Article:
Last week I blogged about my surprise & delight in photographing Yellowstone wildlife in the winter. But initially I thought I’d be photographing Yellowstone landscapes! Silly me to not be thinking of the animals, but I was surely not disappointed in the landscape department either. Yellowstone landscapes lend themselves to the concept of composition minimalism just by virtue of the snow swept vistas.


A photographer named George Lepp made this tree famous with his version of  Yellowstone landscapes in winter. This is my version:

Famous Yellowstone Tree

One major discovery I made on this trip was that I probably couldn’t afford to be a wildlife photographer, with the required lenses costing upwards of $10,000. Yikes!! Yet I also discovered that I actually prefer photographing wild animals within the context of their larger environment, allowing the image to tell more of a story of their lives. Sooo, yes I CAN be a wildlife photographer, sort of.

Buffalo Roaming Range

A spectacular feature of  Yellowstone landscapes in winter is water. Yes, Water! Frozen, right? Well, yes:

Frozen Falls

But speaking of falls, check this out: Yellowstone Falls is too big to completely freeze, so it’s formations are quite fantastic and huge in scale.

Yellowstone Falls in Winter

Then there’s the water that never freezes. Geothermal activity is a huge part of  Yellowstone landscapes. I saw this same slope in the fall and it was not nearly as interesting since the heat in the soil had created a mostly dead, gray scene. Here in winter it was lovely:

Steaming Landscape

And speaking of steam, photographing Old Faithful in winter was a blast (pun intended!). Only way to get there in winter is by snow coach (a heated cab on rolling tracks for snow travel), so I was surprised to see quite a few people there. We lucked out with blue skies; usually a photographer’s bane, but perfect background for shooting geysers and rainbows:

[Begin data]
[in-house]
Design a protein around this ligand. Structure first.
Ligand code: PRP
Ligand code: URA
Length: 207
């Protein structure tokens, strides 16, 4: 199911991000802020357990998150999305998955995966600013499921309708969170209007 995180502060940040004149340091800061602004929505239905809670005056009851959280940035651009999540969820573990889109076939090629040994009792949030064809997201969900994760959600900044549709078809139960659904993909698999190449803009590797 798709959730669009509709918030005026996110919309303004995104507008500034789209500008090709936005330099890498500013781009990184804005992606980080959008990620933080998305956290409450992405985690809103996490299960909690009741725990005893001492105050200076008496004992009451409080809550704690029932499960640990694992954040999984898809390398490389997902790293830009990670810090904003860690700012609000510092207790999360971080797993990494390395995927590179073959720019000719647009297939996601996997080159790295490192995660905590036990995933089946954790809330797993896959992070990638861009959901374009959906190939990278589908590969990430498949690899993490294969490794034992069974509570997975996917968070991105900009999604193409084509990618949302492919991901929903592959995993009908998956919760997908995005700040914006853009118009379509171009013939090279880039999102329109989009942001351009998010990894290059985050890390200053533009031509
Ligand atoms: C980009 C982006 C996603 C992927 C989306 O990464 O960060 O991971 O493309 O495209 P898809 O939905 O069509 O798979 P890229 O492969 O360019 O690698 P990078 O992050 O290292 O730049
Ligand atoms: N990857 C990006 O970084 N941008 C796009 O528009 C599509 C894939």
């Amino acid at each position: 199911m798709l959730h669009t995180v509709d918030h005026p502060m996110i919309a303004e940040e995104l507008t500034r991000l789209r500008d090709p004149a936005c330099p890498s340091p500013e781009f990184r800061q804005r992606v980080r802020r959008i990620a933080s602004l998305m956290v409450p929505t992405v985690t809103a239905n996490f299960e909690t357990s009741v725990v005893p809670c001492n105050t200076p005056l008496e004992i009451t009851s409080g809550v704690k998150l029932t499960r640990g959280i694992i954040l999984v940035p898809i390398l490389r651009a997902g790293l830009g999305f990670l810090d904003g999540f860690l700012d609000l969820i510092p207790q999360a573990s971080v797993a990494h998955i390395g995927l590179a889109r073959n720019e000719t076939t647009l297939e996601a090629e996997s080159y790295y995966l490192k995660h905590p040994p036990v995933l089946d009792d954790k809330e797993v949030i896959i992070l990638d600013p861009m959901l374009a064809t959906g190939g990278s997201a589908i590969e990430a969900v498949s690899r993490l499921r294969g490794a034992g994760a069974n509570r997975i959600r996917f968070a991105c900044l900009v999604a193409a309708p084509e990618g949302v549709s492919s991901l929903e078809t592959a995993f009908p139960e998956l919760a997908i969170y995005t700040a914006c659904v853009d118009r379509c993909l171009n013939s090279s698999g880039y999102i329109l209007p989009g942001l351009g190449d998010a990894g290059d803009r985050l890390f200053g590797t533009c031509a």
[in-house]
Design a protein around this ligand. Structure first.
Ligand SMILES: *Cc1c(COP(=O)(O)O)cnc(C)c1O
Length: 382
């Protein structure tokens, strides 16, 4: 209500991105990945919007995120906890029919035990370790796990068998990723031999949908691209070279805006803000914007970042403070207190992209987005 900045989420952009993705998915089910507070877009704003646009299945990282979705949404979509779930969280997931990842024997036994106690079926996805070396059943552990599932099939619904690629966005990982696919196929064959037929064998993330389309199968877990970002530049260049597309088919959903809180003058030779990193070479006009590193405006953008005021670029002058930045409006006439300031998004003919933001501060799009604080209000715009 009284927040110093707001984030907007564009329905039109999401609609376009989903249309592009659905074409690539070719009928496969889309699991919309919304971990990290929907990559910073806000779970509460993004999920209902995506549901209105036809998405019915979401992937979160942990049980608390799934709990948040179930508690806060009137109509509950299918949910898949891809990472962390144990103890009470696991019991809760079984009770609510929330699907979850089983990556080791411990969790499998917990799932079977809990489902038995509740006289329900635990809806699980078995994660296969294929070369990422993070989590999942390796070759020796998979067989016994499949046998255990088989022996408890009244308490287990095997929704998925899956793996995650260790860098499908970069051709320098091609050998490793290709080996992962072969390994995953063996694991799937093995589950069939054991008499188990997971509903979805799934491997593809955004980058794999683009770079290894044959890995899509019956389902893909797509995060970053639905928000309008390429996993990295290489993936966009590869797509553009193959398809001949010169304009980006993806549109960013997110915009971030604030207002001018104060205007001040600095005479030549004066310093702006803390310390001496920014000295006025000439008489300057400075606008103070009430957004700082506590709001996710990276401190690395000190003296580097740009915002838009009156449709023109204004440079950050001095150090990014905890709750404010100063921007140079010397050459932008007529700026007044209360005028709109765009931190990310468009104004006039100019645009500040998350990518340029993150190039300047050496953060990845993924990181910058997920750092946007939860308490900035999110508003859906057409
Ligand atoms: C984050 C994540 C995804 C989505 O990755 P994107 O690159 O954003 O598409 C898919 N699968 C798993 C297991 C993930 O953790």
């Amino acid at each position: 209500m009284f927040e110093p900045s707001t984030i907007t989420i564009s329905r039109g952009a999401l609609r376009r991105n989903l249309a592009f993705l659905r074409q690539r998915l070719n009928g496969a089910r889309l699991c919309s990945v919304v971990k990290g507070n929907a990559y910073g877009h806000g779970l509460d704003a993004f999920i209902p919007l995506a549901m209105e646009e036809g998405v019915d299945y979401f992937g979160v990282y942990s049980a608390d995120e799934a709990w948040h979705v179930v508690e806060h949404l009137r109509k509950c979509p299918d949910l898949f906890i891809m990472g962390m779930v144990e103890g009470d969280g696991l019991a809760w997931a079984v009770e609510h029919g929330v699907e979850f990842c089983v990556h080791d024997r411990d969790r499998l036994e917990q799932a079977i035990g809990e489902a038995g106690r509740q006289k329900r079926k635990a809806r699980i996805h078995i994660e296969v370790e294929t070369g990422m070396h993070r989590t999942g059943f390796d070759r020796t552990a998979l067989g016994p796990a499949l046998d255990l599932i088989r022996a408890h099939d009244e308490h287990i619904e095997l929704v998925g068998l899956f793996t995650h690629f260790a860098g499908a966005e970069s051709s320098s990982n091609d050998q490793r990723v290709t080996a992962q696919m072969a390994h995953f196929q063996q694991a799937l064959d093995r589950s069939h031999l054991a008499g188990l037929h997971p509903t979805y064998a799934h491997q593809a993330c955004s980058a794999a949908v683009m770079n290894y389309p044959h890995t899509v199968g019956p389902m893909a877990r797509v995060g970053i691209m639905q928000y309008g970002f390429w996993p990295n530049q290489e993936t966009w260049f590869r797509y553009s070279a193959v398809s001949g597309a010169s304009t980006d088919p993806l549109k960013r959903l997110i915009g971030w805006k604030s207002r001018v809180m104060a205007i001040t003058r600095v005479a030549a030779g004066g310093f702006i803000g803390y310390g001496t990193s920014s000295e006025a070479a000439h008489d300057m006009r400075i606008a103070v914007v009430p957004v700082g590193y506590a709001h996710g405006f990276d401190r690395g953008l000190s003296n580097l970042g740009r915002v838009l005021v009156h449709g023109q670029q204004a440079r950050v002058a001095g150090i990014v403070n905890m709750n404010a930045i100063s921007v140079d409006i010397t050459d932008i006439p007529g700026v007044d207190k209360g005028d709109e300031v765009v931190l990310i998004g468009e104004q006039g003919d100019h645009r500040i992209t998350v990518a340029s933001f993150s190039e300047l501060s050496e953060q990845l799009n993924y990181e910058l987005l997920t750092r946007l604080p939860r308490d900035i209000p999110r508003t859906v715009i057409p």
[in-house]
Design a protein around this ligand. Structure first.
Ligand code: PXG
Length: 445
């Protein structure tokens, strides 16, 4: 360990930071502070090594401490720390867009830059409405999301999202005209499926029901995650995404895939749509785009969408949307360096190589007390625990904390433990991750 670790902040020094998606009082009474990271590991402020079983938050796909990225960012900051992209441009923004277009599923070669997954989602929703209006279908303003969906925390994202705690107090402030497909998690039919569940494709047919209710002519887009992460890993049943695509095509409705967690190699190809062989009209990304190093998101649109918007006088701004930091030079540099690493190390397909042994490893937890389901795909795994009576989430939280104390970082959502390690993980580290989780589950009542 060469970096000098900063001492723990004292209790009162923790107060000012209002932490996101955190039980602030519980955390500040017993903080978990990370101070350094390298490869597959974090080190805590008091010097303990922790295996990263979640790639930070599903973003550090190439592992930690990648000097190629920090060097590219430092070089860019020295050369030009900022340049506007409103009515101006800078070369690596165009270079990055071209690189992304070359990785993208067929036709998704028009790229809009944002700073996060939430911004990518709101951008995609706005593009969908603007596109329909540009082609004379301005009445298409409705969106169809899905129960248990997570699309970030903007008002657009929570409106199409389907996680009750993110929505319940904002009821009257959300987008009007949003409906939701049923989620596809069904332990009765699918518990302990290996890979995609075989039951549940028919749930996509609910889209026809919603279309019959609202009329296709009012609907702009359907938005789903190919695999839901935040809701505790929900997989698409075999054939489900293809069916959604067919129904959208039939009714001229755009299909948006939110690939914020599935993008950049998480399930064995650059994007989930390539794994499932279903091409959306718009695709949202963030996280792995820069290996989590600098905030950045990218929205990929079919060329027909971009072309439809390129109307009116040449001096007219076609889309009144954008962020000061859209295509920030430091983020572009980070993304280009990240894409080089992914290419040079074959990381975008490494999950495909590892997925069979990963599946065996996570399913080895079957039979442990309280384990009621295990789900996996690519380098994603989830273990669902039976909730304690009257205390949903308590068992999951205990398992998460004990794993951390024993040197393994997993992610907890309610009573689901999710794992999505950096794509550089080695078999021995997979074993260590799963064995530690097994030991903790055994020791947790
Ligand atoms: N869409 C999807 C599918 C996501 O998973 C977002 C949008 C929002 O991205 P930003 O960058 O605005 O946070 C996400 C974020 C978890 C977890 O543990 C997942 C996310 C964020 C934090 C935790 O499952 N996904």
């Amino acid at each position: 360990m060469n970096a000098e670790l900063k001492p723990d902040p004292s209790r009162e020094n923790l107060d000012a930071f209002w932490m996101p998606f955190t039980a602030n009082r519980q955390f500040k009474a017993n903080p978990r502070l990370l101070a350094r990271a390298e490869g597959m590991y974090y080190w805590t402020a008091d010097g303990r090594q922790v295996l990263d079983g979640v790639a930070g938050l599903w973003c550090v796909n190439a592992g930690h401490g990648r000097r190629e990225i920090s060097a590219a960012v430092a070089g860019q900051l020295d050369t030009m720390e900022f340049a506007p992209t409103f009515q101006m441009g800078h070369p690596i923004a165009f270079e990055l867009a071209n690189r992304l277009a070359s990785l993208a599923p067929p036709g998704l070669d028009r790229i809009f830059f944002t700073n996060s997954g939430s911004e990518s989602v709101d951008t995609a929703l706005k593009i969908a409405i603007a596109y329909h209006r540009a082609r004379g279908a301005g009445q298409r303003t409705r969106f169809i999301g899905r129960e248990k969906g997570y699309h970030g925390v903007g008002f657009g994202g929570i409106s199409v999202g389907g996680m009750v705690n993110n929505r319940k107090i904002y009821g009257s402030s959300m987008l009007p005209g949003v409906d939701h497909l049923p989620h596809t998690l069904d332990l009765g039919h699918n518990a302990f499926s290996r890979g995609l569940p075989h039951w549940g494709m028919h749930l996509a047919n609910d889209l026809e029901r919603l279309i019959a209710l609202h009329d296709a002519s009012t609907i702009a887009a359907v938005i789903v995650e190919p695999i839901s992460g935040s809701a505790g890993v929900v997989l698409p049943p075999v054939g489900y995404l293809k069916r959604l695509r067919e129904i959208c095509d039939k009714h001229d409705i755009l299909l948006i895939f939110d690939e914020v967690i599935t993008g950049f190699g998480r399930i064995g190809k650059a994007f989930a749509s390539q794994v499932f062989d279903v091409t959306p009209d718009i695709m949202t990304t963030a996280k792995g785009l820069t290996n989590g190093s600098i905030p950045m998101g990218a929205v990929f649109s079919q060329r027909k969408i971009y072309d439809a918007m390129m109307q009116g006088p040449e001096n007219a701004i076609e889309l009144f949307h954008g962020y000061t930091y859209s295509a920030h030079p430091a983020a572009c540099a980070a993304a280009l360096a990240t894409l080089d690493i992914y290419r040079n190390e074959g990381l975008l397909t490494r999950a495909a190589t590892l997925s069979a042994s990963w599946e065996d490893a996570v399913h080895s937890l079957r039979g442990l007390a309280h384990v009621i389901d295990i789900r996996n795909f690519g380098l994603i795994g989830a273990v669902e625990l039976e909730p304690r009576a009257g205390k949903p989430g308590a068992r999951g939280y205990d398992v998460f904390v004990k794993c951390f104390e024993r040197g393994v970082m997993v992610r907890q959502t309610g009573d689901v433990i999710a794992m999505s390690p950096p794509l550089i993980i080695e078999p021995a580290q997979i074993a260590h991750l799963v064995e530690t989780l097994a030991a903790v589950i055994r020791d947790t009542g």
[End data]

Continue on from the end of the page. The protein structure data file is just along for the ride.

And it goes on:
Old Faithful Struttin’ it’s Stuff

So I had my fill of beautiful landscapes as well. Photographing Yellowstone in winter would be a tough place to just show up without prior knowledge. Hiring a guide who knew the ropes was key to our success, and worth every penny. If I remember right it was about $1200 for 4 days, not including lodging or meals.

What I’m leading up to here is an invitation. For the last three Octobers I’ve been traveling a spectacular loop starting from the sparkling shores of Payette Lake in McCall Idaho, traversing through hidden gems along the way to Teton National Park, then up through Yellowstone, and finally back along the Main Salmon River home to McCall. I realize what I’ve discovered could be considered the “Grand Slam” of a photographer’s adventure dreams. If you’re a budding photographer, or an experienced one who’s always wanted to see these parts of the world with ease and guidance, this trip is built for you. You can check out more details here. Then you too could have images like these for memories that will last a lifetime. Check it out!

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